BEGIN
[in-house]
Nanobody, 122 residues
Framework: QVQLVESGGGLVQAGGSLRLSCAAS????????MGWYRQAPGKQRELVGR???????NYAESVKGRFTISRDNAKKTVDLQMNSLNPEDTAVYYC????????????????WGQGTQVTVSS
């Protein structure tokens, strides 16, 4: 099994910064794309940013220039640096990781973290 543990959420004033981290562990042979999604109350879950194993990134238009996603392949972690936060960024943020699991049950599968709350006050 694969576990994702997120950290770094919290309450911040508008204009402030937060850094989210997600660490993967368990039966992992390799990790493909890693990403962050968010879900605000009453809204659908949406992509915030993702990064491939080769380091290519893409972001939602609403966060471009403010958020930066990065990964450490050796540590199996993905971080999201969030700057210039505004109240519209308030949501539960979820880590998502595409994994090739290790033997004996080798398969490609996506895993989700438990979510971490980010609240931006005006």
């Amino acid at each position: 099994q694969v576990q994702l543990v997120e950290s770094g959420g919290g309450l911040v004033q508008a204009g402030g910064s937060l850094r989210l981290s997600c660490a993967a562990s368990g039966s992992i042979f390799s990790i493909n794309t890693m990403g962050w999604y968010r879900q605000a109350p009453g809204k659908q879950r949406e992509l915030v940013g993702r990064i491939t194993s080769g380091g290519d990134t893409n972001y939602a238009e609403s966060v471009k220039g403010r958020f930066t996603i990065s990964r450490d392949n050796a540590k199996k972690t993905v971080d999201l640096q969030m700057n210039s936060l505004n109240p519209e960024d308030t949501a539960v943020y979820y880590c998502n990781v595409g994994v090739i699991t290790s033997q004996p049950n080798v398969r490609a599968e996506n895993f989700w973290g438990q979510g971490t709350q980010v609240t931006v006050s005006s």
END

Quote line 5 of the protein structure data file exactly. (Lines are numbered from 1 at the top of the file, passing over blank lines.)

């Amino acid at each position: 099994q694969v576990q994702l543990v997120e950290s770094g959420g919290g309450l911040v004033q508008a204009g402030g910064s937060l850094r989210l981290s997600c660490a993967a562990s368990g039966s992992i042979f390799s990790i493909n794309t890693m990403g962050w999604y968010r879900q605000a109350p009453g809204k659908q879950r949406e992509l915030v940013g993702r990064i491939t194993s080769g380091g290519d990134t893409n972001y939602a238009e609403s966060v471009k220039g403010r958020f930066t996603i990065s990964r450490d392949n050796a540590k199996k972690t993905v971080d999201l640096q969030m700057n210039s936060l505004n109240p519209e960024d308030t949501a539960v943020y979820y880590c998502n990781v595409g994994v090739i699991t290790s033997q004996p049950n080798v398969r490609a599968e996506n895993f989700w973290g438990q979510g971490t709350q980010v609240t931006v006050s005006s």